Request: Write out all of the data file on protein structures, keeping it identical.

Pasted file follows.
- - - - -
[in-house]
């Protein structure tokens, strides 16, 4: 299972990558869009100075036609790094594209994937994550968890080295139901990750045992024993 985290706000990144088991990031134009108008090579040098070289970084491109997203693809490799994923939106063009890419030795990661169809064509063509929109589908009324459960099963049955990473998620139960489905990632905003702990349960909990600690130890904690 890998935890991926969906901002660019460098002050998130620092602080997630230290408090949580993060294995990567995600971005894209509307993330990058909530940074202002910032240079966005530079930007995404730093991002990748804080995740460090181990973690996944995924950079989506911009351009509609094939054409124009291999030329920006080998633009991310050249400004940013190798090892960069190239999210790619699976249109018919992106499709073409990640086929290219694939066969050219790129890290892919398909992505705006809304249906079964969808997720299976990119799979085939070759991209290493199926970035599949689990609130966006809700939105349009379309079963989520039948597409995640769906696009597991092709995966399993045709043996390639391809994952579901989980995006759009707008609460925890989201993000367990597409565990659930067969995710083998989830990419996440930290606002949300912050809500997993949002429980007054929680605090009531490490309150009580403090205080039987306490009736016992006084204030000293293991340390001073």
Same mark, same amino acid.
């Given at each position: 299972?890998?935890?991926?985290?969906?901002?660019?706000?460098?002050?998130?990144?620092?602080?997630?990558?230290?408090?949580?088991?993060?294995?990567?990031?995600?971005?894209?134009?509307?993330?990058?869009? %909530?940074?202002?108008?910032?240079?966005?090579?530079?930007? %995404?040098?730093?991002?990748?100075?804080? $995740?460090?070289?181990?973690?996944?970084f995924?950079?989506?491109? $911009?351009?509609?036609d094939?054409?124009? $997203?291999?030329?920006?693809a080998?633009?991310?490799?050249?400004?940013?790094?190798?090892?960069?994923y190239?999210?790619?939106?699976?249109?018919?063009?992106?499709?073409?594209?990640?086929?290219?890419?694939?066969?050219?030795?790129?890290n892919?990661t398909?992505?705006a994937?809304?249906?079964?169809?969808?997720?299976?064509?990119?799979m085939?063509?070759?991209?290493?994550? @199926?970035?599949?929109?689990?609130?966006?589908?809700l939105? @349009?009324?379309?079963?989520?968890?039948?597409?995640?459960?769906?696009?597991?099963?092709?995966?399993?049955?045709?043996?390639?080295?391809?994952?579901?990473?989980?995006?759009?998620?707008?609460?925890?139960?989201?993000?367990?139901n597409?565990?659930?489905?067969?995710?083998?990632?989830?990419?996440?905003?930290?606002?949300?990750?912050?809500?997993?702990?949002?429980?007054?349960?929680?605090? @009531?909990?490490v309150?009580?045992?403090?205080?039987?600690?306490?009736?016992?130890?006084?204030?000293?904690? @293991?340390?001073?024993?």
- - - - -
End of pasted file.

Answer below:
[in-house]
């Protein structure tokens, strides 16, 4: 299972990558869009100075036609790094594209994937994550968890080295139901990750045992024993 985290706000990144088991990031134009108008090579040098070289970084491109997203693809490799994923939106063009890419030795990661169809064509063509929109589908009324459960099963049955990473998620139960489905990632905003702990349960909990600690130890904690 890998935890991926969906901002660019460098002050998130620092602080997630230290408090949580993060294995990567995600971005894209509307993330990058909530940074202002910032240079966005530079930007995404730093991002990748804080995740460090181990973690996944995924950079989506911009351009509609094939054409124009291999030329920006080998633009991310050249400004940013190798090892960069190239999210790619699976249109018919992106499709073409990640086929290219694939066969050219790129890290892919398909992505705006809304249906079964969808997720299976990119799979085939070759991209290493199926970035599949689990609130966006809700939105349009379309079963989520039948597409995640769906696009597991092709995966399993045709043996390639391809994952579901989980995006759009707008609460925890989201993000367990597409565990659930067969995710083998989830990419996440930290606002949300912050809500997993949002429980007054929680605090009531490490309150009580403090205080039987306490009736016992006084204030000293293991340390001073």
Same mark, same amino acid.
């Given at each position: 299972?890998?935890?991926?985290?969906?901002?660019?706000?460098?002050?998130?990144?620092?602080?997630?990558?230290?408090?949580?088991?993060?294995?990567?990031?995600?971005?894209?134009?509307?993330?990058?869009? %909530?940074?202002?108008?910032?240079?966005?090579?530079?930007? %995404?040098?730093?991002?990748?100075?804080? $995740?460090?070289?181990?973690?996944?970084f995924?950079?989506?491109? $911009?351009?509609?036609d094939?054409?124009? $997203?291999?030329?920006?693809a080998?633009?991310?490799?050249?400004?940013?790094?190798?090892?960069?994923y190239?999210?790619?939106?699976?249109?018919?063009?992106?499709?073409?594209?990640?086929?290219?890419?694939?066969?050219?030795?790129?890290n892919?990661t398909?992505?705006a994937?809304?249906?079964?169809?969808?997720?299976?064509?990119?799979m085939?063509?070759?991209?290493?994550? @199926?970035?599949?929109?689990?609130?966006?589908?809700l939105? @349009?009324?379309?079963?989520?968890?039948?597409?995640?459960?769906?696009?597991?099963?092709?995966?399993?049955?045709?043996?390639?080295?391809?994952?579901?990473?989980?995006?759009?998620?707008?609460?925890?139960?989201?993000?367990?139901n597409?565990?659930?489905?067969?995710?083998?990632?989830?990419?996440?905003?930290?606002?949300?990750?912050?809500?997993?702990?949002?429980?007054?349960?929680?605090? @009531?909990?490490v309150?009580?045992?403090?205080?039987?600690?306490?009736?016992?130890?006084?204030?000293?904690? @293991?340390?001073?024993?």